The release of the game was extremely short-lived, after the developers, DMA Design, were enthralled in a legal battle, which eventually ended in them being sued by Disney’s Pixar. It came down to the look of the unicycle that apparently shared quite a resemblance to one featured in a short film from the animation studio. It was a real shame, as while the game was totally bizarre, the concept was unique and fun, and was receiving quite favourable reviews right up until the discontinuation of production. The main concept was to defeat rival unicycles - that sported one of sixteen different colours - in races and stunt contests, ultimately achieving a bronze, silver or gold medal. Each track was a multicoloured assault on the eyes, think Kirby: Canvas Curse, with certain coloured sections indicating a shortcut or hazard ahead, such as a break in the track or an obstacle. The game allowed for up to eight players, competing against one another in a one vs. one league format.

Trials HD, 2009 (XBLA)

Excitebike, MotoGP, Pokemon, Uniracers, Trials HD, Road Rash, Grand Theft Auto: Vice City, Matt Hoffman’s Pro BMX, Pro BMX 2, Joe Danger, Paperboy, Bike

There’s one motorcycle game in recent times that’s certainly caught the attention of gamers, garnering over two million downloads already through Xbox Live Arcade, and that’s Trials HD. Set on a 2.5D plane, the games assiduous approach to over-the-top physics helps you tackle some pretty demanding stunt courses, thirty-five in all, and range from beginner to extreme. The player can also participate in challenges, that have obviously been thrown in for variety, things such as pulling bombs as far as possible without causing a severe enough impact for them to detonate. In addition to these, the player can make use of a level editor and share these formulations with friends across the globe. There’s definitely an emphasis here on sharing, with the top five-thousand fastest times - the fundamental goal of the game – all available for viewing, complete with controller inputs so you can take tid-bits of information from them to perfect your own times.

Road Rash, 1991-Present (Series)

Excitebike, MotoGP, Pokemon, Uniracers, Trials HD, Road Rash, Grand Theft Auto: Vice City, Matt Hoffman’s Pro BMX, Pro BMX 2, Joe Danger, Paperboy, Bike

If you mention Road Rash to someone who has played one of the older versions you’ll be met with a smile and probably a discussion on the games revolutionary gameplay, hilarious crashes, and unforgiving difficulty. The series introduced a slew of features that were either a first for the racing genre or amongst the first. Some of these included: riders appearing to go up and down hills at different heights and angles, an interactive environment, with signs, trees and poles to avoid, and active traffic that changed lanes. If all that wasn’t tricky enough, riders could also engage in combat, initially with hands and feet, but if timed correctly you could steal weapons from your opponents, such as bats and crowbars, which you could then use to dismount them. The aim of the game was to reach one of the top three positions in each race, which became increasingly faster, harder and longer as you progressed. Doing so earned you money to buy faster bikes, but leaving no money for bike repairs or fines when you lost a fight with the police meant it was game over for you.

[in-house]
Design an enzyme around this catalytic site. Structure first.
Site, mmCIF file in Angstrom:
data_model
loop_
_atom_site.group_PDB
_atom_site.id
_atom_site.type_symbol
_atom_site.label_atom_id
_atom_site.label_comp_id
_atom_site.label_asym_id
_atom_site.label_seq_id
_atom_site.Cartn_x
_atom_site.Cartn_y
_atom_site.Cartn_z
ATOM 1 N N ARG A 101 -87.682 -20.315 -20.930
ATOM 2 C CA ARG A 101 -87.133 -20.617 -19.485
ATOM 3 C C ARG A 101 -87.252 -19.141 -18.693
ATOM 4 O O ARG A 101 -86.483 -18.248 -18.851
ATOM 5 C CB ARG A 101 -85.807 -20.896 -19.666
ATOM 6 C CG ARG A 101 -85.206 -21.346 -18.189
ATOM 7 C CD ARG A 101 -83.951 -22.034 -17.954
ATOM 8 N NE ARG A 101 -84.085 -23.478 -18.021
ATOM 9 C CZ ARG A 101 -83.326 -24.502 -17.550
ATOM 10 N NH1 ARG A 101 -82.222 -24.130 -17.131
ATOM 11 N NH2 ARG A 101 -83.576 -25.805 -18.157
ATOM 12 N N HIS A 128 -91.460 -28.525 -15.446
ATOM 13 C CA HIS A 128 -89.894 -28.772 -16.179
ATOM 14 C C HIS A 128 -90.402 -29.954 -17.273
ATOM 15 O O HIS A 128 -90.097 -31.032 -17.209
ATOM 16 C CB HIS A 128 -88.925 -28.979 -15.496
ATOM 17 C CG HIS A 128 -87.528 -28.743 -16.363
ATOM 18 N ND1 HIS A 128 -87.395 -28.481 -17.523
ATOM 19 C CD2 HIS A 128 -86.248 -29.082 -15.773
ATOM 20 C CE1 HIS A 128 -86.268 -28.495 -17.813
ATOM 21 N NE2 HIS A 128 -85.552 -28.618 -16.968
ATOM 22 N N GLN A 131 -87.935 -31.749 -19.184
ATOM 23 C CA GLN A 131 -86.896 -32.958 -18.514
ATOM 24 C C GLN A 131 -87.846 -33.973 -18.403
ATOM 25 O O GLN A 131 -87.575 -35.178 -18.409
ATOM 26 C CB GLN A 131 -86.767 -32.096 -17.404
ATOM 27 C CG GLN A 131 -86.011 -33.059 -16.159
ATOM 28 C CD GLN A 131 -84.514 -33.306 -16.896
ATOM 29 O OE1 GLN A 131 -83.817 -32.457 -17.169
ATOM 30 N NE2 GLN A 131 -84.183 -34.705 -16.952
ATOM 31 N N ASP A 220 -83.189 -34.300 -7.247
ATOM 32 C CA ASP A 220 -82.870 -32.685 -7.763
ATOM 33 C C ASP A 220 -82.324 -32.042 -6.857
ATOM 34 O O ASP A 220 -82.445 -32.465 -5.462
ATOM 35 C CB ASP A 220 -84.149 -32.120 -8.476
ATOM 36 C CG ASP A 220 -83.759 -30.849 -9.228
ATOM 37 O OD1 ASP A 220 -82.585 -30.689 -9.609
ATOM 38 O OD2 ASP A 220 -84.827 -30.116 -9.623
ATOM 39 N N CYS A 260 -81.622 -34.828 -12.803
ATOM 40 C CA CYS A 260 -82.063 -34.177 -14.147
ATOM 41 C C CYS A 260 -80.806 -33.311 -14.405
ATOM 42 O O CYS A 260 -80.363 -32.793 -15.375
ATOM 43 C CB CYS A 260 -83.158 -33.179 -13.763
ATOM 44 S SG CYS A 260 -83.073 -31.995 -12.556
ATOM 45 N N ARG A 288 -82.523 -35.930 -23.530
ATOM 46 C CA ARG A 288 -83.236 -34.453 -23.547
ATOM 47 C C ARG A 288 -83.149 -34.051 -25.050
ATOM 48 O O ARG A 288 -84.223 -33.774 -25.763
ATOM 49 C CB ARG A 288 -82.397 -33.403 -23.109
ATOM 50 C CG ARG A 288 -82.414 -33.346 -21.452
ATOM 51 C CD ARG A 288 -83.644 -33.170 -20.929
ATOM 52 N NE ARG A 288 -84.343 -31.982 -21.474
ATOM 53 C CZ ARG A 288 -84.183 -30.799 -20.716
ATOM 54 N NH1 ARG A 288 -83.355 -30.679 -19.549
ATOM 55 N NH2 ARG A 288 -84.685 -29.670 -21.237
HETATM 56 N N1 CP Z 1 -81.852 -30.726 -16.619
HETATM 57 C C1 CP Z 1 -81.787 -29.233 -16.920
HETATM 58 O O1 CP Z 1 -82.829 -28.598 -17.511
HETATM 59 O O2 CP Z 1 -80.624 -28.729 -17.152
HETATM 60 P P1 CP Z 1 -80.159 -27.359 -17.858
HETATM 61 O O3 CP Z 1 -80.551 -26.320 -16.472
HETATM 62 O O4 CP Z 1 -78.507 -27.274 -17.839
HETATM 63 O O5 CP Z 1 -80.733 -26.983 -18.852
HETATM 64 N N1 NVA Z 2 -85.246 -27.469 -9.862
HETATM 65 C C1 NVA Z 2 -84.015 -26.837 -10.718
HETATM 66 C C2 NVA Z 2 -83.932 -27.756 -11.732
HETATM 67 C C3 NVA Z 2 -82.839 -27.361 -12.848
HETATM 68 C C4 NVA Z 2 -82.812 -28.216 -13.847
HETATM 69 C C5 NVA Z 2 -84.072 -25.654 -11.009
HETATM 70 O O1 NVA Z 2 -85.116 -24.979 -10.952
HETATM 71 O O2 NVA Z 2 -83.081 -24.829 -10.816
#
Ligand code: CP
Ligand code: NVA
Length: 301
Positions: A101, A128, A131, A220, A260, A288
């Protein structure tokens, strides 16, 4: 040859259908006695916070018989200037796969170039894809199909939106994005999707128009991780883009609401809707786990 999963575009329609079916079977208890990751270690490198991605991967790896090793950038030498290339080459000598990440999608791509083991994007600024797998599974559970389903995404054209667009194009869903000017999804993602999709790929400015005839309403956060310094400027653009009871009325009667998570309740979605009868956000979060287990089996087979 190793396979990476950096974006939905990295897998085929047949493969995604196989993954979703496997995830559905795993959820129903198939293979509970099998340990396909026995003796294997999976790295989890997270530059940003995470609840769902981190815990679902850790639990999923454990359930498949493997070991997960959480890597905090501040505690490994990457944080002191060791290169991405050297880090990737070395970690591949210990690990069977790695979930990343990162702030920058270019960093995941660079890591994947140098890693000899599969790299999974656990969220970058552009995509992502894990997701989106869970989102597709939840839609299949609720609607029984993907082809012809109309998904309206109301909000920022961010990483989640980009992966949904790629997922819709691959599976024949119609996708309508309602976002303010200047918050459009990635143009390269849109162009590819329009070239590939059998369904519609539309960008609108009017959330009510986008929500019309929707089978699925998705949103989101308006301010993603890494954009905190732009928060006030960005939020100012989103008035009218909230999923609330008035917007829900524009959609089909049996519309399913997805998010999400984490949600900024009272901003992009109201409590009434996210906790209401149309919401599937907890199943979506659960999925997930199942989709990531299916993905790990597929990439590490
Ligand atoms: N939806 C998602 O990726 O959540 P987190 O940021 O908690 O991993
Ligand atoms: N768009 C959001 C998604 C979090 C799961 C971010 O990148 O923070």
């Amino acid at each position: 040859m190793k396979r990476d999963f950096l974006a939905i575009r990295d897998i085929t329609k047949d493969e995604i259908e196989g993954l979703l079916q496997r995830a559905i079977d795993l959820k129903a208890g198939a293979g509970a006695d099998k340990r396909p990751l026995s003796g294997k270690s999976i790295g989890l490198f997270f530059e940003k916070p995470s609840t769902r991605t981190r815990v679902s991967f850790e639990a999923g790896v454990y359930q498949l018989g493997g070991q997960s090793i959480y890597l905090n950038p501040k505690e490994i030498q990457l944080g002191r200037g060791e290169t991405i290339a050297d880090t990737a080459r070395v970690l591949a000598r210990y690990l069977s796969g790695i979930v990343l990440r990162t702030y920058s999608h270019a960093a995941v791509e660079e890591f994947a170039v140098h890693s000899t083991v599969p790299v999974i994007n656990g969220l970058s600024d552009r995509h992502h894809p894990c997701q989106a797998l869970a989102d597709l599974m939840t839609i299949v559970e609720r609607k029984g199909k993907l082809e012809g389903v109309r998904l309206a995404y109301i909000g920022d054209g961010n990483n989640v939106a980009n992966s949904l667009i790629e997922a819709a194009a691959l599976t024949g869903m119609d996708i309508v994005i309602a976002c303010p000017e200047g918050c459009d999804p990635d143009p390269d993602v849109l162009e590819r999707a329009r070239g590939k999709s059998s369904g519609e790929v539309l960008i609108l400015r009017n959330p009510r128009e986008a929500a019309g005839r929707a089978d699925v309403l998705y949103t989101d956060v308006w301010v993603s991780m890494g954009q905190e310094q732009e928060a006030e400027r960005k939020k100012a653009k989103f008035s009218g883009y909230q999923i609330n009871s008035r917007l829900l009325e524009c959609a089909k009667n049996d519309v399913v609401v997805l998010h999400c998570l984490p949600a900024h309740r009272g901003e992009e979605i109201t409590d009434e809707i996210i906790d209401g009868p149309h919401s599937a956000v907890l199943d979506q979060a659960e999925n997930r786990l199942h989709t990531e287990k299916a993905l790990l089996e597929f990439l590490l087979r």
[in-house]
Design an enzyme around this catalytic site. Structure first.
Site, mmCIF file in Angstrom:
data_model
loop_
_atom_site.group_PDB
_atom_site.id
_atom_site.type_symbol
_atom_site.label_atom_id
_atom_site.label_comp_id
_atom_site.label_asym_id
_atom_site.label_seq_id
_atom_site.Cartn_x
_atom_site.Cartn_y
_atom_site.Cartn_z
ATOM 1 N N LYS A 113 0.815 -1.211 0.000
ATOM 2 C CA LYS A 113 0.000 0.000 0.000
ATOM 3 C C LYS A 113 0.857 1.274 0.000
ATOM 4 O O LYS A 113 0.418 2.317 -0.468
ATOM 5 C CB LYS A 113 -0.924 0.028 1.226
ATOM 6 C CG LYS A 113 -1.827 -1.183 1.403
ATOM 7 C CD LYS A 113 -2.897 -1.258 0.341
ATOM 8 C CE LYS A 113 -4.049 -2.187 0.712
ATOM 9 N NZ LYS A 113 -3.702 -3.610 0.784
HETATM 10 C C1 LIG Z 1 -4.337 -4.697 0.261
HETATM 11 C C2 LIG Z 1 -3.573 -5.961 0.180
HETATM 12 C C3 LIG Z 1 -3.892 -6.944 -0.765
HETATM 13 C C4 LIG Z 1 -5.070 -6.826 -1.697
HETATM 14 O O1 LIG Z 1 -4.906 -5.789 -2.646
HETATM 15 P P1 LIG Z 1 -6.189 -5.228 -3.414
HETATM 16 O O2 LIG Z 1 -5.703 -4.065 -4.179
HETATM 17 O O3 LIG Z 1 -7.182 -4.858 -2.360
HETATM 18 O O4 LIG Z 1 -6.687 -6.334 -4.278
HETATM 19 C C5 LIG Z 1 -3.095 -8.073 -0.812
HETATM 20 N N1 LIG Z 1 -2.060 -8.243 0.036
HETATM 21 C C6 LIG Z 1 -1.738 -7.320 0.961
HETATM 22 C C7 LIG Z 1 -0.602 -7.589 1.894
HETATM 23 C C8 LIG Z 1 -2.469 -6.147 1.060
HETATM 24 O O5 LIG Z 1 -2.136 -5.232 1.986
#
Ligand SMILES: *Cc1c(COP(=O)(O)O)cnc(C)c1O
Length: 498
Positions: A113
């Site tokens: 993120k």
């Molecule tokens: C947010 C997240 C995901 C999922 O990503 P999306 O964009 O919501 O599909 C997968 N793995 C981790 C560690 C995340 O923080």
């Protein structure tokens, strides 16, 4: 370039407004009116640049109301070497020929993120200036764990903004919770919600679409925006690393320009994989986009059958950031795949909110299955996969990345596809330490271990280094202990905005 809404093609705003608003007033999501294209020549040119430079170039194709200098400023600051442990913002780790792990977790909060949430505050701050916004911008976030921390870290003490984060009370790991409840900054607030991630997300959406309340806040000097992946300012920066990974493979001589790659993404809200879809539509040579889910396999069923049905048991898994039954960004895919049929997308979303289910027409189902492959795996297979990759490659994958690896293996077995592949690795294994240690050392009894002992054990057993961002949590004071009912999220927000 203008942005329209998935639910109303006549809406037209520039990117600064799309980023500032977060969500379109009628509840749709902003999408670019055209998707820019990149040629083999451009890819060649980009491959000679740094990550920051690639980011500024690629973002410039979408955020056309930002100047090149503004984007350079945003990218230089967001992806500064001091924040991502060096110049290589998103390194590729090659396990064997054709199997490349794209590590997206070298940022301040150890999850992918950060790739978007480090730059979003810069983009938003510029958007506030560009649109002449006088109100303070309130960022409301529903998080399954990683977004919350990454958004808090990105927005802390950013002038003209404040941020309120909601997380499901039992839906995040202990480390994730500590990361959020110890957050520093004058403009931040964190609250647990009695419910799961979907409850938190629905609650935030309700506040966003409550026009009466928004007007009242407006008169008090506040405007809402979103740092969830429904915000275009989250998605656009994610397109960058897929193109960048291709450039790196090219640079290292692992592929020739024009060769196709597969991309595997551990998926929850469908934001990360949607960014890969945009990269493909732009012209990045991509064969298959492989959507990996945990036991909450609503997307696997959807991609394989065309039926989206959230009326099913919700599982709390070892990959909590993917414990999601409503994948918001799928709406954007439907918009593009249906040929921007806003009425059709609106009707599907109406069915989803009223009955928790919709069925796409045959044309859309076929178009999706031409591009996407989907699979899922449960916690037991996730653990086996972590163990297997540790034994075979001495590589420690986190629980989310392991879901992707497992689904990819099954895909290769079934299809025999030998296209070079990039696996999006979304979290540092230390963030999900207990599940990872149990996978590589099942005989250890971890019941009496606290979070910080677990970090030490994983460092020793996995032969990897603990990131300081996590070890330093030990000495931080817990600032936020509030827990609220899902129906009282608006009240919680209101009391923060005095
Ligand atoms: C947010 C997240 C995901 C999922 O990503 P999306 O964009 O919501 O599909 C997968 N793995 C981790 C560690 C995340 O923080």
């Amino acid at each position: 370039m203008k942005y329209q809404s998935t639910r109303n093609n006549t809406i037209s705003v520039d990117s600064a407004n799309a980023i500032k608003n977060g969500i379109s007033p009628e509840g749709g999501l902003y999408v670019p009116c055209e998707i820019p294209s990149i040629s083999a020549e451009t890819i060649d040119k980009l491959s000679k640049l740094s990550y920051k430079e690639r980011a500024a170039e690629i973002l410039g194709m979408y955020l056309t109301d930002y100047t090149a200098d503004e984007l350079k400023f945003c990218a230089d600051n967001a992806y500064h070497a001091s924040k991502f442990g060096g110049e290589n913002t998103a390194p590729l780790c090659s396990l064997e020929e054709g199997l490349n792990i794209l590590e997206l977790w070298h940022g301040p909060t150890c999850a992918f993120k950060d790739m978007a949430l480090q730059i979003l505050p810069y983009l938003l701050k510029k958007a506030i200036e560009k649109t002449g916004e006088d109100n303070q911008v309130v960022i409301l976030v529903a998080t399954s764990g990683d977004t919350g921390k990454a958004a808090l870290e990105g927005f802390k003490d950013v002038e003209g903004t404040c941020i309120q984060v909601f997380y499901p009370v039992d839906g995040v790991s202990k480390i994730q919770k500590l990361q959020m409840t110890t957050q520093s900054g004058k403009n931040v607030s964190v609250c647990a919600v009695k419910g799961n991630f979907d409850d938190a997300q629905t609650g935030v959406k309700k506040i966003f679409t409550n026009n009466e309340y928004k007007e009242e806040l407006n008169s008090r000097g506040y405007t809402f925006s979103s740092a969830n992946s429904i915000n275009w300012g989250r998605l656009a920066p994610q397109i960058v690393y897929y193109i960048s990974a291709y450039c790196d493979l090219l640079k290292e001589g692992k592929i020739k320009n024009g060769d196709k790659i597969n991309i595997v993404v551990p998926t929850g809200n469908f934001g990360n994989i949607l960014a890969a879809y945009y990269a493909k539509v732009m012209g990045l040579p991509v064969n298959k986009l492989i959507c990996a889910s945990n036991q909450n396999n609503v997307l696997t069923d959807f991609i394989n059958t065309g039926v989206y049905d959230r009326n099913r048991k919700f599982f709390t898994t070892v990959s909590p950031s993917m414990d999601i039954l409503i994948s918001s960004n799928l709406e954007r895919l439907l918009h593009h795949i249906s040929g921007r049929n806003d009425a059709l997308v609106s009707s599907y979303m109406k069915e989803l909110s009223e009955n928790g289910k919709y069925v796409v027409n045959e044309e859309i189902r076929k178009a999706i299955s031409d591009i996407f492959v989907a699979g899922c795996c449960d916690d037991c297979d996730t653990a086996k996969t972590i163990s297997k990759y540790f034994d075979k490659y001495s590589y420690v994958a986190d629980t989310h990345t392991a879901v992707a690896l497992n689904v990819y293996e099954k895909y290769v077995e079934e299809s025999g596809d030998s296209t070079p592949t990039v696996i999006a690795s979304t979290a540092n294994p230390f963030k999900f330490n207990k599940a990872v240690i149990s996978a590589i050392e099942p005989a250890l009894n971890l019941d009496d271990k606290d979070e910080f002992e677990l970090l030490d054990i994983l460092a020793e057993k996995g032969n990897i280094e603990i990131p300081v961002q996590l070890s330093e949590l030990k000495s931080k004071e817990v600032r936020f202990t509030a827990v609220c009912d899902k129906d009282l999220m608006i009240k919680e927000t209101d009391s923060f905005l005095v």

Grand Theft Auto: Vice City, 2002 (PS2)

Excitebike, MotoGP, Pokemon, Uniracers, Trials HD, Road Rash, Grand Theft Auto: Vice City, Matt Hoffman’s Pro BMX, Pro BMX 2, Joe Danger, Paperboy, Bike

While it wasn’t the first of the Grand Theft Auto series to feature motorcycles, (the original did) it was the first to implement them to any great degree and in a full 3D format. There were six cycles available in the game: Angel, Faggio, Sanchez, Freeway, PCJ 600 and Pizzaboy, which could be used to make pizza deliveries as part of an optional side-mission. The reason Vice City makes our list is because there truly was no greater feeling than cruising around the streets and down narrow alleys on two wheels, gunning down innocent civilians as you pass. They did have their downsides though, as naturally a big enough impact would cause you to dismount, it was easier to get arrested, and you were also far more likely to be struck by gunfire. All that didn’t matter to our main protagonist Tommy Vercetti though, and why would it when you’re voiced by one of the greatest mafia actors of recent times, Ray Liotta.

Matt Hoffman’s Pro BMX and Pro BMX 2, 2001-2002 (Series)